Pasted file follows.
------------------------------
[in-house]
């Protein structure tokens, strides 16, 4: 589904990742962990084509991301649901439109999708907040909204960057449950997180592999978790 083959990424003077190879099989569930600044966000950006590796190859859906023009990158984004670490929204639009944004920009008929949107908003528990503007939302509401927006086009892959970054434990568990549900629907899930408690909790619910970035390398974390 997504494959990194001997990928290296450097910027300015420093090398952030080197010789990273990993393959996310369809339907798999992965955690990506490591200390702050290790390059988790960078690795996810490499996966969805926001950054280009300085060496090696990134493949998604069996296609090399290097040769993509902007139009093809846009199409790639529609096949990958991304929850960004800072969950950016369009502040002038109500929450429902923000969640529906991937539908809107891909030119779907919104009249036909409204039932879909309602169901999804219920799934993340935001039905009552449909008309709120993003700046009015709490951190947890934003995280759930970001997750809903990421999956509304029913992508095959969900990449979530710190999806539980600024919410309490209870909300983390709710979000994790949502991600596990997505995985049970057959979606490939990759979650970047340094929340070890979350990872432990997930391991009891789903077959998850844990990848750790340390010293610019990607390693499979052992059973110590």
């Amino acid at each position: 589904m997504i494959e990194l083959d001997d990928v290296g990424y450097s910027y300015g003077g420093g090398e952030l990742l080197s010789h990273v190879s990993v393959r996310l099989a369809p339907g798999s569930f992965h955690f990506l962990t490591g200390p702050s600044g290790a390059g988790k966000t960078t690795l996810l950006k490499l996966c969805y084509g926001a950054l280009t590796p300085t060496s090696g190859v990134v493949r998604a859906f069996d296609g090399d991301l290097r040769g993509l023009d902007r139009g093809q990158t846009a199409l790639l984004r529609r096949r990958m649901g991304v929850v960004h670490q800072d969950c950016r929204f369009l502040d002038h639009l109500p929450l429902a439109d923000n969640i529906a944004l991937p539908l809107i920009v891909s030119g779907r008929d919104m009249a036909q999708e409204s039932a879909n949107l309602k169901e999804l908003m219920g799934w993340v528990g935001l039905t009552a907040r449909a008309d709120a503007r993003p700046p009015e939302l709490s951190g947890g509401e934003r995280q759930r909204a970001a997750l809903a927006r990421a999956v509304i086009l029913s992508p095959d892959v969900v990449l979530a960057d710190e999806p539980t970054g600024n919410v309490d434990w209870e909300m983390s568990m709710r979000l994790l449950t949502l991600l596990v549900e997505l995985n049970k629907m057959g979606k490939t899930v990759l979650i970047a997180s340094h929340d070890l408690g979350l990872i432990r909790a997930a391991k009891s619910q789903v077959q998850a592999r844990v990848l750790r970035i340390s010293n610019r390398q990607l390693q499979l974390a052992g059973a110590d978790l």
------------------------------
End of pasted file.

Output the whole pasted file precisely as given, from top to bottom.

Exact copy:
[in-house]
């Protein structure tokens, strides 16, 4: 589904990742962990084509991301649901439109999708907040909204960057449950997180592999978790 083959990424003077190879099989569930600044966000950006590796190859859906023009990158984004670490929204639009944004920009008929949107908003528990503007939302509401927006086009892959970054434990568990549900629907899930408690909790619910970035390398974390 997504494959990194001997990928290296450097910027300015420093090398952030080197010789990273990993393959996310369809339907798999992965955690990506490591200390702050290790390059988790960078690795996810490499996966969805926001950054280009300085060496090696990134493949998604069996296609090399290097040769993509902007139009093809846009199409790639529609096949990958991304929850960004800072969950950016369009502040002038109500929450429902923000969640529906991937539908809107891909030119779907919104009249036909409204039932879909309602169901999804219920799934993340935001039905009552449909008309709120993003700046009015709490951190947890934003995280759930970001997750809903990421999956509304029913992508095959969900990449979530710190999806539980600024919410309490209870909300983390709710979000994790949502991600596990997505995985049970057959979606490939990759979650970047340094929340070890979350990872432990997930391991009891789903077959998850844990990848750790340390010293610019990607390693499979052992059973110590």
């Amino acid at each position: 589904m997504i494959e990194l083959d001997d990928v290296g990424y450097s910027y300015g003077g420093g090398e952030l990742l080197s010789h990273v190879s990993v393959r996310l099989a369809p339907g798999s569930f992965h955690f990506l962990t490591g200390p702050s600044g290790a390059g988790k966000t960078t690795l996810l950006k490499l996966c969805y084509g926001a950054l280009t590796p300085t060496s090696g190859v990134v493949r998604a859906f069996d296609g090399d991301l290097r040769g993509l023009d902007r139009g093809q990158t846009a199409l790639l984004r529609r096949r990958m649901g991304v929850v960004h670490q800072d969950c950016r929204f369009l502040d002038h639009l109500p929450l429902a439109d923000n969640i529906a944004l991937p539908l809107i920009v891909s030119g779907r008929d919104m009249a036909q999708e409204s039932a879909n949107l309602k169901e999804l908003m219920g799934w993340v528990g935001l039905t009552a907040r449909a008309d709120a503007r993003p700046p009015e939302l709490s951190g947890g509401e934003r995280q759930r909204a970001a997750l809903a927006r990421a999956v509304i086009l029913s992508p095959d892959v969900v990449l979530a960057d710190e999806p539980t970054g600024n919410v309490d434990w209870e909300m983390s568990m709710r979000l994790l449950t949502l991600l596990v549900e997505l995985n049970k629907m057959g979606k490939t899930v990759l979650i970047a997180s340094h929340d070890l408690g979350l990872i432990r909790a997930a391991k009891s619910q789903v077959q998850a592999r844990v990848l750790r970035i340390s010293n610019r390398q990607l390693q499979l974390a052992g059973a110590d978790l």